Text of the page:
Operating:

Once the CQ’s started, there were plenty of QSO’s to log.  Saturday was a bit slow at first, but I got a better rhythm in the evening.  Was tired though, and sacked early, including a 45 minute nap at 5pm in the nice cool breeze that came up.  Also got up early Sunday, 5am-ish.   Sunday morning was quite a bit of fun, right up until my keyer interface died around 11am.  So I finished the event with a bit of lackadaisical SSB, mostly S&P.

Camp:

The Cabelas tent goes up easily.  My only regret is not getting one of the larger sizes.  It has room for setting up a table for the station and also for a cot along the opposite side.  But it is a bit cramped.  Next time I do this I think I will use a screen tent for the station and the tent just for snoozing/bad wx.  Also, the ideal site would allow for the tent to use an overhead spike support and avoid the need for the center pole.

Overall a big win.  Keeping the ants away…..the real challenge!

 

 

2017 FD @ N4GU as AA4NC – Still No Will

The 2017 Field Day is in the bag.  Operated with the group as AA4NC at the farm of N4GU’s XYL.  Showing a surprising lack of judgement for a second year in a row, AA4NC again allowed us to use his call, despite a shoebox full of notices from last year’s operation.  Still No Will….but N4GU, N3ND, N4YDU, N9NB, W4BBT and W4KAZ all on the air.

2016’s as-yet-undocumented FD last year was done as class 2A, while for 2017 we rode with class 3A.  Given the improved conditions on 15m/10m/6m, that was quite a bit less boring than I expected.  Gave N4YDU grief for wanting to run that third station for the high bands, but they were maybe the money bands this year.  Great call on N4YDU’s part.  With so much activity on high bands through the evening and mid-watch, 80m under-performed.  Boooo.  Hoooo.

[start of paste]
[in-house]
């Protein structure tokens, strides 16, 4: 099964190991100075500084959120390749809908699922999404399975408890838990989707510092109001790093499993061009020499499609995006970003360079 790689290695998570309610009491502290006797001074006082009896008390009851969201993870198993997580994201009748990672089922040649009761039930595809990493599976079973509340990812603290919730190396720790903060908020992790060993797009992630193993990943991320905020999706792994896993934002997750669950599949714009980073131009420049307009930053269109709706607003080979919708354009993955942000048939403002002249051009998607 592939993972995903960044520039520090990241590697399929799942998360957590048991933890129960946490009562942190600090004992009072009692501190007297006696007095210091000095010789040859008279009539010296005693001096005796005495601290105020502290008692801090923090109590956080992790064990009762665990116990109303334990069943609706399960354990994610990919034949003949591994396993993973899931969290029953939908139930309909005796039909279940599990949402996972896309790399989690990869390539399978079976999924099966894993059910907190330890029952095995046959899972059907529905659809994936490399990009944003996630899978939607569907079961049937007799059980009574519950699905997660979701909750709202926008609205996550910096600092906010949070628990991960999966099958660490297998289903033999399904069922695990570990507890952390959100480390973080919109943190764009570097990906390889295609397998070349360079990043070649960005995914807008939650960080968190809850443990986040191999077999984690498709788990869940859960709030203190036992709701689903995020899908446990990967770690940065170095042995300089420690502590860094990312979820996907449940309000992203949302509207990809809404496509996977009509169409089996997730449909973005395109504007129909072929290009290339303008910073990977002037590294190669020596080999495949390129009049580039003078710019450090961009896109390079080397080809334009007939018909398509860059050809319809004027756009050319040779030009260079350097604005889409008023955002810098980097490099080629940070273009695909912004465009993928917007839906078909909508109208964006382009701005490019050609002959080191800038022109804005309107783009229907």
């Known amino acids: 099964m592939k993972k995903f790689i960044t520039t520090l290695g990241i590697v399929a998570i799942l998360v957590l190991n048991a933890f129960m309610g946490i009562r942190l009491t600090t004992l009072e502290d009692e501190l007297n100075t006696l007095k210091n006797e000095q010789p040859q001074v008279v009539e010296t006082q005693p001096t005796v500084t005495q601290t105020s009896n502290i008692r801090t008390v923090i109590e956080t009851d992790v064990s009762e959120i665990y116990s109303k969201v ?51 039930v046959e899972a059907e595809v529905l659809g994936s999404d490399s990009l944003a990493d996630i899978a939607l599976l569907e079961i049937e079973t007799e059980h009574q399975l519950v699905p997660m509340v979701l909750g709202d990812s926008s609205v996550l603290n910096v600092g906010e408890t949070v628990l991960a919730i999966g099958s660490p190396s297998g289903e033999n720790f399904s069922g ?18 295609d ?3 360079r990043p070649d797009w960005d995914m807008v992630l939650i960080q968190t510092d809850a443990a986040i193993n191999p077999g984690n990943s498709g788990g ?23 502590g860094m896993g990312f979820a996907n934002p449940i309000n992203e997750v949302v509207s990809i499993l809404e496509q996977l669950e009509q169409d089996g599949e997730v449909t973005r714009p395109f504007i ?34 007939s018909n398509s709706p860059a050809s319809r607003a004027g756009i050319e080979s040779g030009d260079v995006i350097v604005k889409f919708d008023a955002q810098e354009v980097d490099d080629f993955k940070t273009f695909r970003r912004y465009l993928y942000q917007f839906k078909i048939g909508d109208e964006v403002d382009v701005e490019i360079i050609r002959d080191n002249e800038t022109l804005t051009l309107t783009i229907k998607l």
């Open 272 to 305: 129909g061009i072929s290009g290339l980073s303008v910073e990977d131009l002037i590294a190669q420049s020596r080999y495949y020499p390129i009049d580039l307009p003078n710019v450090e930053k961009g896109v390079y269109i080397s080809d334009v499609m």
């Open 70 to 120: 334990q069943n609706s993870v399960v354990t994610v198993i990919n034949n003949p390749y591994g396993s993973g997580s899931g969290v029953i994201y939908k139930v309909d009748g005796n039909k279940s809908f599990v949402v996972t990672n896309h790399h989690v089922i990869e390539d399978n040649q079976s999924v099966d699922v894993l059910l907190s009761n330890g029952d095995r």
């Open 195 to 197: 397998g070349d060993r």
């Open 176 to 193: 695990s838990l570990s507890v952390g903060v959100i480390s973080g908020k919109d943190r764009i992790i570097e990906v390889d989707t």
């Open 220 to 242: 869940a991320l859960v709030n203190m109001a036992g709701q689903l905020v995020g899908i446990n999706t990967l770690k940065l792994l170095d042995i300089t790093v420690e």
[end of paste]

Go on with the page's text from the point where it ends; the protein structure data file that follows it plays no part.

Stations:

2017 FD - 15m/10m and 6m stations

2017 FD – 15m/10m and 6m stations

2017 FD - The REAL Night Shift

2017 FD – The REAL Night Shift

2017 FD - The "40m station"

2017 FD – The “40m station”

We ran 2 stations on N4GU’s 1kw generator, and ran the third station and VHF stations on deep cycle batteries.  The two stations on generator power were Elecraft K3’s, and the battery station was a Kenwood TS-590.  VHF was run on the Kenwood until N9NB arrived with an Icom 703.  Battery power for the 590 was two deep cycle batteries paralleled and connected to a solar cell, and the 703 was on a single deep cycle battery.

Antennas were a Frankenstein ??ta33M?? tribander for 10/15/20@35′(split via triplexer), an OCF mostly for 40m@34′, an 80m dipole@~45′, a 10/15 fan dipole @ 30′,  a 20m vee dipole at 24′ and a hastily erected 40m dipole @ 40′.  VHF station used a 5 element 6m yagi @24′.  Most of the antennas were strung by late Friday afternoon, leaving time on Saturday morning for testing and a last minute wild hair(the 40m dipole.)

Operating:

Given the strange conditions on Sunday morning, the dipoles played quite well as supplements to the tribander on 15m and 20m, with good signals from New England often better on the dipoles.  The tribander won on stations out to the west of 9-land, and about equal in the middle grounds between.

For my part 15m was the best news on the subject of propagation.  20m and 10m were close behind.  All three bands were very productive.  6m even coughed up QSo’s this year, with 160+ Q’s logged.  The night shift on 80m was a bit sluggish, probably many stations stayed on 20m later than normal.

Something must have worked correctly, event with W4KAZ constantly changing the function key settings on every N1MM computer attached to an HF radio.  Despite KAZ’s  best efforts at disabling the dread “Enter Sends Mode”, almost 3500 Q’s were logged across all of the stations.

WX: